The basic mechanism underlying drug-induced hepatotoxicity is considered to be metabolic or immunologic idiosyncrasy. Metabolic idiosyncrasy implies that the patient developing the adverse reaction metabolizes the drug in a different way than most individuals or lacks adequate protective mechanisms to neutralize any reactive metabolites that are formed. Immunologic idiosyncrasy implies that the susceptible individual has an immune system that would more readily recognize any formed neoantigens. Genetic factors influencing the development of drug-hepatotoxicity can be grouped into factors affecting the amount of reactive metabolite formed and therefore the levels of the protein adduct, and factors affecting the immune response to the adducts.

Metabolic Idiosyncrasy. Initial studies investigating the role of DME polymorphisms in drug-induced liver disease used phenotyping experiments in small groups of patients. Polymorphism in debrisoquine oxidation (CYP 2D6) has been shown to result in accumulation of perhexiline, leading to liver injury in poor metabolizers (101), and to increase the formation of reactive metabolites, leading to chlorpromazine hepatotoxi-city in extensive metabolizers (102). Defective hepatic sulfoxidation has also been shown to contribute to chlorpromazine jaundice (102). Polymorphism in mephenytoin hydroxylation (CYP 2C19) has been associated with Atrium (phenobarbital, febarbamate, and difebarbamate)-induced hepatotoxicity, with poor metabolizers being at increased risk (103). More recently, genotyping for drug metabolizing enzyme gene polymorphisms has been used to study genetic susceptibility to drug-induced liver disease.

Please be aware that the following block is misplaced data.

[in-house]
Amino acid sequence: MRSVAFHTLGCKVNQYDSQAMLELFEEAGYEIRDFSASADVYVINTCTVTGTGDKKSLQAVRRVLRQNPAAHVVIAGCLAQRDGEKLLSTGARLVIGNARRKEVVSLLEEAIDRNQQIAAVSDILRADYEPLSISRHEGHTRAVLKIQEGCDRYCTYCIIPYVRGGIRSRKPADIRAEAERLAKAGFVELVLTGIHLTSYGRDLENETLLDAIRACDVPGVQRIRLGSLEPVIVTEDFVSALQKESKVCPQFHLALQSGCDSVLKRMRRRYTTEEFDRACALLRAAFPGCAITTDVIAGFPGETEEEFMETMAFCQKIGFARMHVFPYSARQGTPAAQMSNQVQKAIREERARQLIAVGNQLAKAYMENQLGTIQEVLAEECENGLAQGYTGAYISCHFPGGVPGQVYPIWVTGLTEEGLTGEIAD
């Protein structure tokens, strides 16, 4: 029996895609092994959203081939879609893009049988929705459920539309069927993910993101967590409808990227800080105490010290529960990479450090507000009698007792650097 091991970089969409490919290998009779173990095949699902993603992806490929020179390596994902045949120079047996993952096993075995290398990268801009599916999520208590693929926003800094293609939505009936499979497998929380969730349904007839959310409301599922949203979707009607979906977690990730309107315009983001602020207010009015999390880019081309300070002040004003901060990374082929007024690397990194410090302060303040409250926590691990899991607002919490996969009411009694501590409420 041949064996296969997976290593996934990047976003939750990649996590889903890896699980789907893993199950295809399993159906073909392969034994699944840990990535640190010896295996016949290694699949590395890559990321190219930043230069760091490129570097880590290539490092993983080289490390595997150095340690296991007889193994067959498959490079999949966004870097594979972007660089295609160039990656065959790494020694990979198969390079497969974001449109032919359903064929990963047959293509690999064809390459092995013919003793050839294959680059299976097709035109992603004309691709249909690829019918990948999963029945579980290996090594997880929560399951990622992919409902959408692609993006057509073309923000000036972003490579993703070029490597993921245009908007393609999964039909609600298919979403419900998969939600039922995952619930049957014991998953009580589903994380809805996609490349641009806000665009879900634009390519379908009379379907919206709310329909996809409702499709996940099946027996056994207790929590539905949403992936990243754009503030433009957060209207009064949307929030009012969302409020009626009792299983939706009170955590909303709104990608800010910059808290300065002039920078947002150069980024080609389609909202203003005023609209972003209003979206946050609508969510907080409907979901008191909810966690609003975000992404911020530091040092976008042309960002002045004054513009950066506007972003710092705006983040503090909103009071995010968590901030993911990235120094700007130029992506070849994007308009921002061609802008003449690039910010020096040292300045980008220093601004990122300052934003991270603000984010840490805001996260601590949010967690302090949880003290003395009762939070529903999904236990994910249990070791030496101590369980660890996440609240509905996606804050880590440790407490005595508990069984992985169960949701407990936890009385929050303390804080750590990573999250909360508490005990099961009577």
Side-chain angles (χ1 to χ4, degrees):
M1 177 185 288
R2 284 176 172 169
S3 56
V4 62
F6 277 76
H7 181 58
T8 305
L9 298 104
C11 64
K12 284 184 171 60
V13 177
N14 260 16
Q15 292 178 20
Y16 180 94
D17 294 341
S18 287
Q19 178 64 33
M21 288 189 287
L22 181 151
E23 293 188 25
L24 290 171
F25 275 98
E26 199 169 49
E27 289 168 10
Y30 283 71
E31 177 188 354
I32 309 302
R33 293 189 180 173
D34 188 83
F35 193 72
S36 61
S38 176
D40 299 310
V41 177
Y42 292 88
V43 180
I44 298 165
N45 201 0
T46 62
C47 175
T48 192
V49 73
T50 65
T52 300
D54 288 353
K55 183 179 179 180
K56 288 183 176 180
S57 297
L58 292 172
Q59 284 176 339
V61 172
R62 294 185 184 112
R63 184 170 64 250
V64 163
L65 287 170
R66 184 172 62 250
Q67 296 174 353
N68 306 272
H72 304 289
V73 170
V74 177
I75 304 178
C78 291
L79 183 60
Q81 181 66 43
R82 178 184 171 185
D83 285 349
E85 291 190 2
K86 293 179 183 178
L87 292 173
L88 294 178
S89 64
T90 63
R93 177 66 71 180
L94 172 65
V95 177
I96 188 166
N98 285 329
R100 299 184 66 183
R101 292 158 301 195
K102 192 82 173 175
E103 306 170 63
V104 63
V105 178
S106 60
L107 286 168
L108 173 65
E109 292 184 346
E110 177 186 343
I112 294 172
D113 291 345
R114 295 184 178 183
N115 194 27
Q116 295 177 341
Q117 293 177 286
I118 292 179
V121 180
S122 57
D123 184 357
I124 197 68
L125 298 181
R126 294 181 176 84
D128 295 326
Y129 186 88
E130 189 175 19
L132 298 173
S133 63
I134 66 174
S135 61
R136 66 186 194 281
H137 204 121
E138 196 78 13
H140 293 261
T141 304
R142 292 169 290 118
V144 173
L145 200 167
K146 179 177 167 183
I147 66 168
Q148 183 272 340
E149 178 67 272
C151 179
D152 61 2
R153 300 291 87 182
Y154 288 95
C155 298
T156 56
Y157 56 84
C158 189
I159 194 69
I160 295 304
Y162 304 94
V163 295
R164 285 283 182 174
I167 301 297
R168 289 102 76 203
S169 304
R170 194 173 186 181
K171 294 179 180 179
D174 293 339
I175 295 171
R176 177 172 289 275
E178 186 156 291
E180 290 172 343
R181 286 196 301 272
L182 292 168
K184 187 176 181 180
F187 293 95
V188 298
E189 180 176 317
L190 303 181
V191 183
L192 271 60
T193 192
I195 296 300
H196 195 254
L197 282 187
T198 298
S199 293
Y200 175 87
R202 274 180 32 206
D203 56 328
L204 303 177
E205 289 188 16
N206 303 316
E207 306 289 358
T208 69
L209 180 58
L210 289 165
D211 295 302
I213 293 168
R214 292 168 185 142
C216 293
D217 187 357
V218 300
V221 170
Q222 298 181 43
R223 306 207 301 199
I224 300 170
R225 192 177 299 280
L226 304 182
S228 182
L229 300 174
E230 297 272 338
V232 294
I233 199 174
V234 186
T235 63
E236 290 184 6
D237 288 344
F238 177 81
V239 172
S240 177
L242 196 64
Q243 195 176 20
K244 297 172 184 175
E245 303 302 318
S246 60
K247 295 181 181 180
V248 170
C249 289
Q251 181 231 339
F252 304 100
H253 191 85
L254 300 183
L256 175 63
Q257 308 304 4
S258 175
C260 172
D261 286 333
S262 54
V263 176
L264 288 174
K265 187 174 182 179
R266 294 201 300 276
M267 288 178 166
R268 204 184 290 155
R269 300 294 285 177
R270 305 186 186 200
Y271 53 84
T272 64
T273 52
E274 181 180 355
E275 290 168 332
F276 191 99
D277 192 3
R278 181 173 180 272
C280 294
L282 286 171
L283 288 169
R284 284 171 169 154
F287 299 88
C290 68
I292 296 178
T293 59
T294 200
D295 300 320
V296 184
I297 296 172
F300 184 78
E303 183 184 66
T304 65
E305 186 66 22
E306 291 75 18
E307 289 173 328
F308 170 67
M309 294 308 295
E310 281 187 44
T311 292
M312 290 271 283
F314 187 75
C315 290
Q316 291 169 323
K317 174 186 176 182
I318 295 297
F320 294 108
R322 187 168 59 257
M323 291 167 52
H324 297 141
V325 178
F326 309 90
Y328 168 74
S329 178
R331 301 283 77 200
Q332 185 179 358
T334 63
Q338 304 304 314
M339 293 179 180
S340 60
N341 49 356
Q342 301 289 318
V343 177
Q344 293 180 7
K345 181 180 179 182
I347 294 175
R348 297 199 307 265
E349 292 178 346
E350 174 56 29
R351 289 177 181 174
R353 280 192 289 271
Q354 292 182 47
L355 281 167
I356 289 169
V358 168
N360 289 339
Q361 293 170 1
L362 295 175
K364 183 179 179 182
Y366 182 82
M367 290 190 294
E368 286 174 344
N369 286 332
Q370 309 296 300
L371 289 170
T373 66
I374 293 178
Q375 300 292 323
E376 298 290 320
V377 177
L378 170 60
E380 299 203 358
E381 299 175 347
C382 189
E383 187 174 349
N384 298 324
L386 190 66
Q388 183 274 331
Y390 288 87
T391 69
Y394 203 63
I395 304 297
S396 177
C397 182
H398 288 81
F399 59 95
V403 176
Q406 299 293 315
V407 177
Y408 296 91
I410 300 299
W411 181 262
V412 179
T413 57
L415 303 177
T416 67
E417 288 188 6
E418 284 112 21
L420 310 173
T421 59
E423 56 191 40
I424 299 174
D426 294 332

Isoniazid hepatotoxicity. The growing prevalence of drug-resistant Mycobacter-ium tuberculosis strains and the increasing number of patients with acquired immunodeficiency syndrome (AIDS) has lead to the worldwide resurgence of tuberculosis. Regimens containing isoniazid, rifampicin, ethambutol, and pyrazinamide are used as first-line therapy for tuberculosis. The incidence of antituberculosis drug-induced hepatotoxicity varies from 13% to 36% in different populations (104-107), with a 1% to 10% case-fatality rate. Isoniazid is the major drug incriminated, and liver injury secondary to this drug continues to be reported worldwide (108-111).

The enzyme N-acetyltransferase (NAT) is responsible for the metabolism of isoniazid to acetylisoniazid, which in turn is hydrolyzed to acetyl hydrazine (Fig. 4) (112). The latter could be oxidized by CYP2E1 to form N-hydroxy-acetylhydrazine, which further dehydrates to yield acetyldiazene. Acetyldiazene may itself be the toxic metabolite or may break down to the reactive acetylonium ion, acetyl radical, and ketene, which could bind covalently to hepatic macromolecules resulting in liver injury (112-114). NAT is also responsible for further acetylation of acetylhydrazine to the nontoxic diace-tylhydrazine. Therefore, slow acetylation results not only in accumulation of the parent compound but also of monoacetylhydrazine. Acetylation of acetylhydrazine is further suppressed by isoniazid itself. In addition, direct hydrolysis of isoniazid without acetylation